It’s the twentieth anniversary of an attack upon the United States, the details and legacy you’re already familiar with. If you weren’t, I’m sure there’s no shortage of offerings today. Rather than dwell on the mistakes of the past, I’d like to share some photos celebrating the WTC — the buildings, while never aesthetically pleasing, have gained a retrospective beauty now that they’re gone, and my sadness at having never gotten to see them in all their physicality manifests itself in my tendency to collect any photograph I can find of them, particularly of the interior. I take no credit for any of these — I’ve squirreled them away across the span of 20 years, so citing sources is impossible.

Interior shot from “Windows on the World” restaurant.
Absolutely mundane, but these are the kind of shots I keep looking for — the ones that show the little details. This is a floor where people transiting from the lower levels to the upper (or the reverse) switched elevators. I found this shot in another collection identified as “Skylobby Floor 78”. There were apparently at least three stages of elevators to pass through to make the full transit, which probably complicated escape efforts both in ’93 and ’01.

If you’re interested, there are some videos on YouTube displaying other people’s collections. I’m including one below as an example.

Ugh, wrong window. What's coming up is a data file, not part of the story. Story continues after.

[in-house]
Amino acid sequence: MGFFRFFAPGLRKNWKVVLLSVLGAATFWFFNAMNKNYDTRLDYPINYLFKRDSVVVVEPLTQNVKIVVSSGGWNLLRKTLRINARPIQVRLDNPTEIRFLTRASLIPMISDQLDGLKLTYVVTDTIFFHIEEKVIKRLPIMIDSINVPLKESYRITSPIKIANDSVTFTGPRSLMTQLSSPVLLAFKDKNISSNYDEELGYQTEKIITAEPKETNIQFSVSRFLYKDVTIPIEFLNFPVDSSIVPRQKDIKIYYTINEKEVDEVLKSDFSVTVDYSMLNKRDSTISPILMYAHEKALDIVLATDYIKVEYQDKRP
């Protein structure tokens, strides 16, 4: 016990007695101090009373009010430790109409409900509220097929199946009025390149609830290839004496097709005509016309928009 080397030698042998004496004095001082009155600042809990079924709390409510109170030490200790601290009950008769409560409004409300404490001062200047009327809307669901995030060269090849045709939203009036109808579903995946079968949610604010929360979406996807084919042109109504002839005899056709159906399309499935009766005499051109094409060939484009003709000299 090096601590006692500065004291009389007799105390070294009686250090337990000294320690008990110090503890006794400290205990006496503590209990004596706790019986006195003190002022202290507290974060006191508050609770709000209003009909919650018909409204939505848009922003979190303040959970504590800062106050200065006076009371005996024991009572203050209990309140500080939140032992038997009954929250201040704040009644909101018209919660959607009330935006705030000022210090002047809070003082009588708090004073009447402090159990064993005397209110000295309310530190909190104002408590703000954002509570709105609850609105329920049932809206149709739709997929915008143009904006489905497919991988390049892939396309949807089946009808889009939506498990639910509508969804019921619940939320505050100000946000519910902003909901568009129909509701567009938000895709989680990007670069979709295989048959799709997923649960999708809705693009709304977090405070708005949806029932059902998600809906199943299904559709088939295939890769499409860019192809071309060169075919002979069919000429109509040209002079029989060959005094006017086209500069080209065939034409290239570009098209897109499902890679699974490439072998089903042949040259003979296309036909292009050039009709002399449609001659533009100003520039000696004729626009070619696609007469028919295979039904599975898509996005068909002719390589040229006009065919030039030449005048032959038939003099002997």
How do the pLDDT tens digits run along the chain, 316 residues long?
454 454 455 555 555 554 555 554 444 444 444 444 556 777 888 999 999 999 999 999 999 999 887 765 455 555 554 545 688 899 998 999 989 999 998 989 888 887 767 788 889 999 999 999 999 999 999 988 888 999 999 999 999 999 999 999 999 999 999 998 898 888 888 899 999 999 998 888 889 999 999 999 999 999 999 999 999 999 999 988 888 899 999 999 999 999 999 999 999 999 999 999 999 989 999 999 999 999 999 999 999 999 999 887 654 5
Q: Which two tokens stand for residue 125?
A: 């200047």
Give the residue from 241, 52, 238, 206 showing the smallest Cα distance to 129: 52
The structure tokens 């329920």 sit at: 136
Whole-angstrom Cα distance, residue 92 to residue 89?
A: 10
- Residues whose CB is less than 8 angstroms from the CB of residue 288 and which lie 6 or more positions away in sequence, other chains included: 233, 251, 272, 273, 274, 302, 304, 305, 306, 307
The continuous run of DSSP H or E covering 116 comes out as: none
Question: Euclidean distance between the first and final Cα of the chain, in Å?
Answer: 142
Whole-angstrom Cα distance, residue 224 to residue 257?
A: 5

There’s all kinds of interesting footage online:

“When the complex planned by the engineers is completed, we will have run about 600 miles of cable, made about 3 million connections, and delivered the whole thing to New York, working like a supercomputer. “

About smellincoffee

Citizen, librarian, reader with a boundless wonder for the world and a curiosity about all the beings inside it.
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4 Responses to 9/11/2001

  1. Thank you for the impressive pictures. They represent a grand story. I watched the History Channel’s portrayal of the rise and fall of One World Trade Center yesterday and found many reminders of both the good and bad aspects of the history of what was an icon of American capitalism.

    • I haven’t seen that, but I can guess at the bad — the destruction of Radio Row, the theft of private property by the port authority, etc? Definitely a morally flecked birth.

      • You’re right on. The corruption of the power brokers from the Port Authority, New Jersey, and elsewhere were a key part of the story. Also some of the original architectural decisions – like the wide open floor space at each level – also contributed to the downfall. Nonetheless it was still a magnificent achievement.
        Also, if you can find it on line you should check out the documentary “Man on Wire”, the story of Philip Petit whose grandest achievement was walking a high wire between the twin towers in August, 1974.

      • You’re the second person in the last few days to mention that documentary to me! I’ll have to look for it.

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